From here on out in the scene, the drama skyrockets into unproportional amounts. This is what the entire play has been building to.Claudius, Gertrude, Laertes and others enter for the tournament. This brings you back to the idea of a show within a show, which was how Hamlets plot for killing his uncle was shown, and also how his guilt was proven. This theme runs through the poem a lot and now for all intent and purposes, the show is about to begin. Hamlet speaks to Laertes, asking his pardon for the offenses Hamlet has committed against him. Laertes says he's unsatisfied by Hamlet's words, but will put aside their differences until a more appropriate time. However Laertes doesn't plan on letting Hamlet out of this alive. Laertes looks for the weapon with the poisoned tip which was planned ahead of the battle between him and Claudius to make sure that Hamlets wounds are fatal. Hamlet doesn't know of this little secret. Claudius drinks a toast then vows to toss poison into the cup for Hamlet if he makes the first or second hit, so that if Hamlet wins, he will be poisoned by the drink."if Hamlet give the first or second hit...... an union he throw"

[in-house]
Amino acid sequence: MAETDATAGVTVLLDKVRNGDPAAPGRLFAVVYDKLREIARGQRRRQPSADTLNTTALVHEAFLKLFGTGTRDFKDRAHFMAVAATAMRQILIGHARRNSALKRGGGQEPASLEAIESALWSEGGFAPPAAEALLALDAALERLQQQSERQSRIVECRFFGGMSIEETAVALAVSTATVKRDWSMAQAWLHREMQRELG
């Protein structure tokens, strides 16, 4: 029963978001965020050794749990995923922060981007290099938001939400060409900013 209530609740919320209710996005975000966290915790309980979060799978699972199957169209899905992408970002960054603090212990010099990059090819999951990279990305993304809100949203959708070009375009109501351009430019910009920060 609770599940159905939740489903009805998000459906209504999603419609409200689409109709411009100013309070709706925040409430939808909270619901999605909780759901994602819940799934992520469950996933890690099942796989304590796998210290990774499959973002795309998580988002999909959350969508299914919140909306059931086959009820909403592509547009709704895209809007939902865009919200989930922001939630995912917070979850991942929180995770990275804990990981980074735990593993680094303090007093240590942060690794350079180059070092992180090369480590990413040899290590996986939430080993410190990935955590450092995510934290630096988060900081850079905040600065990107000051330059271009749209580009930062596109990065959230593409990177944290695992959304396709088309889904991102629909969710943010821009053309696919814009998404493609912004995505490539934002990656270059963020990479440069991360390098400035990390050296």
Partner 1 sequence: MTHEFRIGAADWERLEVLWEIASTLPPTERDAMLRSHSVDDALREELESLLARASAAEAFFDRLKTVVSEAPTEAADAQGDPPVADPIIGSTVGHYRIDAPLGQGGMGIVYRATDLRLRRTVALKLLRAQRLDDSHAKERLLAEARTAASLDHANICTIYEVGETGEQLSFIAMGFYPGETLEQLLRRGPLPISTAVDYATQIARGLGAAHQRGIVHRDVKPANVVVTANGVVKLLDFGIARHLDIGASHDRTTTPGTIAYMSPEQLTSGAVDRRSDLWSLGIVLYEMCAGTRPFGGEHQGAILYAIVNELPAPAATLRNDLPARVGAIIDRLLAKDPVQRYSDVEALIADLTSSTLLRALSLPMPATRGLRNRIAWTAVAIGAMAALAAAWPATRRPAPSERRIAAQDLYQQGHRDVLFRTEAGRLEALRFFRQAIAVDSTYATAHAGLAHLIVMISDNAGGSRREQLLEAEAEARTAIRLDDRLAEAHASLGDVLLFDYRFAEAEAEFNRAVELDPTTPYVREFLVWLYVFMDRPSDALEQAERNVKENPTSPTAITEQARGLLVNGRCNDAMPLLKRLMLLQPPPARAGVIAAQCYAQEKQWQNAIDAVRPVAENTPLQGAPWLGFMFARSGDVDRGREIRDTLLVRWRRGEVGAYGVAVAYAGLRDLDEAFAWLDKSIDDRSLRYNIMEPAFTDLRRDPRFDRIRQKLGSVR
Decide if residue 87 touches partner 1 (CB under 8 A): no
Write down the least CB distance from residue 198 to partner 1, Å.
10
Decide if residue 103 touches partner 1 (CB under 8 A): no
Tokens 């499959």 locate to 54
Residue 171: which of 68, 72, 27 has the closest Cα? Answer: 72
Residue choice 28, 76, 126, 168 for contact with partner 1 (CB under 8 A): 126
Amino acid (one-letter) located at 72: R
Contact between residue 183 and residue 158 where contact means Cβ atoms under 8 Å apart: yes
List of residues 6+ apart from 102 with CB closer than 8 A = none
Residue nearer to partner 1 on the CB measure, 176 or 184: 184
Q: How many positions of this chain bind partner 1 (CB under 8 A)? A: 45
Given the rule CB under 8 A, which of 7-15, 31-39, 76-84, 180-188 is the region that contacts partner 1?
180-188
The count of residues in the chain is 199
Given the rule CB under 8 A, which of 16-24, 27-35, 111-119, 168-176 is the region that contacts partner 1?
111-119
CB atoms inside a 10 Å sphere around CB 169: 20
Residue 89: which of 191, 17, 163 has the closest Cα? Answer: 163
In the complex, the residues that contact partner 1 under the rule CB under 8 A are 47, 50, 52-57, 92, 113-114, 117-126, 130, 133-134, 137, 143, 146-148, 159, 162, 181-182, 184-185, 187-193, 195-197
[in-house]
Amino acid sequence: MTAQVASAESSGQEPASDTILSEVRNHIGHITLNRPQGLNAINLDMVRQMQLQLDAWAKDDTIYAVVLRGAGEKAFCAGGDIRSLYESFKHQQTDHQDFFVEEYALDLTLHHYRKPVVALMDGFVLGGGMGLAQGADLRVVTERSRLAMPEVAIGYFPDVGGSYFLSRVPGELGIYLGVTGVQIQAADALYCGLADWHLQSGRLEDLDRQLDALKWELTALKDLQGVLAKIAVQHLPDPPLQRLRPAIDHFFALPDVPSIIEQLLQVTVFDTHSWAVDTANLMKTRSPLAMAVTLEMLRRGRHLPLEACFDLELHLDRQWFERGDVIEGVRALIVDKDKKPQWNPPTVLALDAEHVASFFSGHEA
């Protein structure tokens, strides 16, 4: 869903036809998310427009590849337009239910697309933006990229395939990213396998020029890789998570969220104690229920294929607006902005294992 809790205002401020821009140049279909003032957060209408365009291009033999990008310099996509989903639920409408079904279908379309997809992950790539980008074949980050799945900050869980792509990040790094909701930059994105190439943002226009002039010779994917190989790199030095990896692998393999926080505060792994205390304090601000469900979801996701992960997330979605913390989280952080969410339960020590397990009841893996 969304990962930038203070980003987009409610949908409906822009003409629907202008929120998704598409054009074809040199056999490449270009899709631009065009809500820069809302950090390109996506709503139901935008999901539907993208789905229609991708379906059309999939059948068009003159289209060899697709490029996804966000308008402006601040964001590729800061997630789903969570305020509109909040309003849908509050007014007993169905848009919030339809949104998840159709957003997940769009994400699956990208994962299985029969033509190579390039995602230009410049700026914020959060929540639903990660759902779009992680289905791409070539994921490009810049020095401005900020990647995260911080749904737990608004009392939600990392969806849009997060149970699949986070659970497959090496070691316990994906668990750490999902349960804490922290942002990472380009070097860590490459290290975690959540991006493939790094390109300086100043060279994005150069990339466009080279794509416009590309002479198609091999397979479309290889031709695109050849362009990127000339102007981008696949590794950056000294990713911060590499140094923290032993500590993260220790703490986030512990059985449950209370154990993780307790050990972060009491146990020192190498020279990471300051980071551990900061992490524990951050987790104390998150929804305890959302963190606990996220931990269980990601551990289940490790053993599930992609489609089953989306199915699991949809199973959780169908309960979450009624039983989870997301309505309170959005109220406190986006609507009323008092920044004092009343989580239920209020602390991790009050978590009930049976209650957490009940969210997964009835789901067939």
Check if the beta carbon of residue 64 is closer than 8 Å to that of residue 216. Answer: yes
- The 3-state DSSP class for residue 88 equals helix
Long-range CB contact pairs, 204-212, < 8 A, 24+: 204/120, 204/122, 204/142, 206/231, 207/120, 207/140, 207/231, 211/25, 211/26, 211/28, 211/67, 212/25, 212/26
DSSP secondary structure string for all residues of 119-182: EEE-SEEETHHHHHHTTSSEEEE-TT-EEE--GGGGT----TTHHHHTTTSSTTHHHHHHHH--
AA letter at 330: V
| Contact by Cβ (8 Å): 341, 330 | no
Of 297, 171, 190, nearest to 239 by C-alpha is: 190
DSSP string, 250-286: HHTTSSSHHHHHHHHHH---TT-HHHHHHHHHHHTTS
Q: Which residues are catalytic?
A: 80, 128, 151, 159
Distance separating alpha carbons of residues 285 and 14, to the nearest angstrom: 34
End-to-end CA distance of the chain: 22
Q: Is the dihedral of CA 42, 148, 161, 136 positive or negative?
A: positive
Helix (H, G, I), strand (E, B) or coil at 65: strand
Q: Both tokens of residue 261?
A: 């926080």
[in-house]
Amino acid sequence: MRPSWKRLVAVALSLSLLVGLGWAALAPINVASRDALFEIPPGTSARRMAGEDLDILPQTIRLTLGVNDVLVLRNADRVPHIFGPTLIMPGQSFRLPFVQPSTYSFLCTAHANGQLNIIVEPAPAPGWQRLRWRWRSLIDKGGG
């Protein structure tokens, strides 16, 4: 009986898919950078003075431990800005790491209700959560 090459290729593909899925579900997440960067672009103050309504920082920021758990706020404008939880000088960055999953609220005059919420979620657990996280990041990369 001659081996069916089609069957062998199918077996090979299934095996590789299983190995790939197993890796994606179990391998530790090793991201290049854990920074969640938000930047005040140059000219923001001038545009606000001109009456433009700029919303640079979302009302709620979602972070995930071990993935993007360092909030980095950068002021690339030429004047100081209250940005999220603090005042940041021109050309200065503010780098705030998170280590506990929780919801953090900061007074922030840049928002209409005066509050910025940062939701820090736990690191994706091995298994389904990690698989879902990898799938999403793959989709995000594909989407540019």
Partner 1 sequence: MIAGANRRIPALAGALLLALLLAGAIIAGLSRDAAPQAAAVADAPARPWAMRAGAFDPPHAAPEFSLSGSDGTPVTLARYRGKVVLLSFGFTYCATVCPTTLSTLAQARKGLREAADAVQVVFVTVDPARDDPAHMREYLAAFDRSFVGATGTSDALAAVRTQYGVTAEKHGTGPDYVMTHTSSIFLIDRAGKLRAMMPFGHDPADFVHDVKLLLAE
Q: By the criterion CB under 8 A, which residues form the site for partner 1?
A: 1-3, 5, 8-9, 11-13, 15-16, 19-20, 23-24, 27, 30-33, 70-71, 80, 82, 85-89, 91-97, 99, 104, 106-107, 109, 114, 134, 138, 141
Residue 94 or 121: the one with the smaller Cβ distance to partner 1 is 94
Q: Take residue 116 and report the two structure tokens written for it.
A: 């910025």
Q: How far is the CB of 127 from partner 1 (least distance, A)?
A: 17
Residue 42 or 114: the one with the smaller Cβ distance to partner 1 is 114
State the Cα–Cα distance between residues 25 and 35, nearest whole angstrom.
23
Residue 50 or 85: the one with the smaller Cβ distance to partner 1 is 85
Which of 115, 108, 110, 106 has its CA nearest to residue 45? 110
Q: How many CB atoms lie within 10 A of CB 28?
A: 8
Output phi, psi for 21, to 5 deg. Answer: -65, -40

The tension is hoisted up another notch when Hamlet scores the first hit and Claudius, true to his word, poisons Hamlets drink. He offers it to Hamlet but Hamlet declines, prefering to get the fight over and done with. The hero narrowly avoids an unknown danger."I'll play this bout first, set it by awhile" However Claudius doubles the amount of poison in the cup when Hamlet lands another hit on Laertes. Yet again, Hamlet refuses to drink. Instead, his mother drinks in his honour, confident now of hsi victory.Claudius tries to stop her but doesn't make it in time. "It is the poisoned cup. It is too late." The tension in this play is near breaking point at this stage. The fact that Claudius continues with his plot even though he knows his wife shall die soon shows how obsessed with Hamlets death he has become. Laertes also calls for Hamlets death, and stabs him while a point is being judged on whether to be given or not. Hamlet gets wounded and, at the same time, poisoned. This means certain death for our hero but even still there is more drama to be had.